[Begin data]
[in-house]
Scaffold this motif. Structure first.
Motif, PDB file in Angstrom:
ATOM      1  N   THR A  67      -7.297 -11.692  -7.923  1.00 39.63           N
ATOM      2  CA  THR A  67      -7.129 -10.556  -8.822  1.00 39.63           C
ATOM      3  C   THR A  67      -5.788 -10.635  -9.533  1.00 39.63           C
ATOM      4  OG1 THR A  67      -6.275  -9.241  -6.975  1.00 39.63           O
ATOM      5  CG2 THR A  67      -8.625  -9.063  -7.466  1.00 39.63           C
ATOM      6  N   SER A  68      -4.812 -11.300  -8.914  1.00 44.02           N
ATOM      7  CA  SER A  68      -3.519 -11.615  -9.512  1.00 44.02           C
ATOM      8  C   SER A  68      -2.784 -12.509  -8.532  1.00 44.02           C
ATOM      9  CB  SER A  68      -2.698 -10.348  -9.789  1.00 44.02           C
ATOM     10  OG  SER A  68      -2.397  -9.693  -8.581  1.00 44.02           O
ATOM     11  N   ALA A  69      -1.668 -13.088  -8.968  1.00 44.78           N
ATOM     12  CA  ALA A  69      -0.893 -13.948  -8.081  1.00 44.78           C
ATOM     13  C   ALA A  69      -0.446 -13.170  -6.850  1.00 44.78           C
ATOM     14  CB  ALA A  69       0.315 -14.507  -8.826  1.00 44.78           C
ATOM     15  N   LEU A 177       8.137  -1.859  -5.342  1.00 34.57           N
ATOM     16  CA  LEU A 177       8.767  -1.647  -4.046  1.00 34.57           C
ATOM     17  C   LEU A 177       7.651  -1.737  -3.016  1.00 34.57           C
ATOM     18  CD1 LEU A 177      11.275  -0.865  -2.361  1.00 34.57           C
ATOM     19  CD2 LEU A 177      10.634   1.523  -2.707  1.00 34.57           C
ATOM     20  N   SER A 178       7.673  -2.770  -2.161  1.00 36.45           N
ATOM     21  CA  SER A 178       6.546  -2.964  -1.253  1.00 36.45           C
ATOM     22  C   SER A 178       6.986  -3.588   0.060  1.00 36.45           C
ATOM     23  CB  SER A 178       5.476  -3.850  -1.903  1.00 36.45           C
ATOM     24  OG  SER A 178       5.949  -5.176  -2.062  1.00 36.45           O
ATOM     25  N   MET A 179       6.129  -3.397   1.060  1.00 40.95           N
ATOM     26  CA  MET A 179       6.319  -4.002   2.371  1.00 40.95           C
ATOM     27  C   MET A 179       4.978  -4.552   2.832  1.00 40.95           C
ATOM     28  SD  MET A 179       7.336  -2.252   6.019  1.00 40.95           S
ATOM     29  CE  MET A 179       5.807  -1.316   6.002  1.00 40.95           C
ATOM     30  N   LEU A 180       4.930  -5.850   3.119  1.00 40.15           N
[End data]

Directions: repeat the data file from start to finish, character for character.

[in-house]
Scaffold this motif. Structure first.
Motif, PDB file in Angstrom:
ATOM      1  N   THR A  67      -7.297 -11.692  -7.923  1.00 39.63           N
ATOM      2  CA  THR A  67      -7.129 -10.556  -8.822  1.00 39.63           C
ATOM      3  C   THR A  67      -5.788 -10.635  -9.533  1.00 39.63           C
ATOM      4  OG1 THR A  67      -6.275  -9.241  -6.975  1.00 39.63           O
ATOM      5  CG2 THR A  67      -8.625  -9.063  -7.466  1.00 39.63           C
ATOM      6  N   SER A  68      -4.812 -11.300  -8.914  1.00 44.02           N
ATOM      7  CA  SER A  68      -3.519 -11.615  -9.512  1.00 44.02           C
ATOM      8  C   SER A  68      -2.784 -12.509  -8.532  1.00 44.02           C
ATOM      9  CB  SER A  68      -2.698 -10.348  -9.789  1.00 44.02           C
ATOM     10  OG  SER A  68      -2.397  -9.693  -8.581  1.00 44.02           O
ATOM     11  N   ALA A  69      -1.668 -13.088  -8.968  1.00 44.78           N
ATOM     12  CA  ALA A  69      -0.893 -13.948  -8.081  1.00 44.78           C
ATOM     13  C   ALA A  69      -0.446 -13.170  -6.850  1.00 44.78           C
ATOM     14  CB  ALA A  69       0.315 -14.507  -8.826  1.00 44.78           C
ATOM     15  N   LEU A 177       8.137  -1.859  -5.342  1.00 34.57           N
ATOM     16  CA  LEU A 177       8.767  -1.647  -4.046  1.00 34.57           C
ATOM     17  C   LEU A 177       7.651  -1.737  -3.016  1.00 34.57           C
ATOM     18  CD1 LEU A 177      11.275  -0.865  -2.361  1.00 34.57           C
ATOM     19  CD2 LEU A 177      10.634   1.523  -2.707  1.00 34.57           C
ATOM     20  N   SER A 178       7.673  -2.770  -2.161  1.00 36.45           N
ATOM     21  CA  SER A 178       6.546  -2.964  -1.253  1.00 36.45           C
ATOM     22  C   SER A 178       6.986  -3.588   0.060  1.00 36.45           C
ATOM     23  CB  SER A 178       5.476  -3.850  -1.903  1.00 36.45           C
ATOM     24  OG  SER A 178       5.949  -5.176  -2.062  1.00 36.45           O
ATOM     25  N   MET A 179       6.129  -3.397   1.060  1.00 40.95           N
ATOM     26  CA  MET A 179       6.319  -4.002   2.371  1.00 40.95           C
ATOM     27  C   MET A 179       4.978  -4.552   2.832  1.00 40.95           C
ATOM     28  SD  MET A 179       7.336  -2.252   6.019  1.00 40.95           S
ATOM     29  CE  MET A 179       5.807  -1.316   6.002  1.00 40.95           C
ATOM     30  N   LEU A 180       4.930  -5.850   3.119  1.00 40.15           N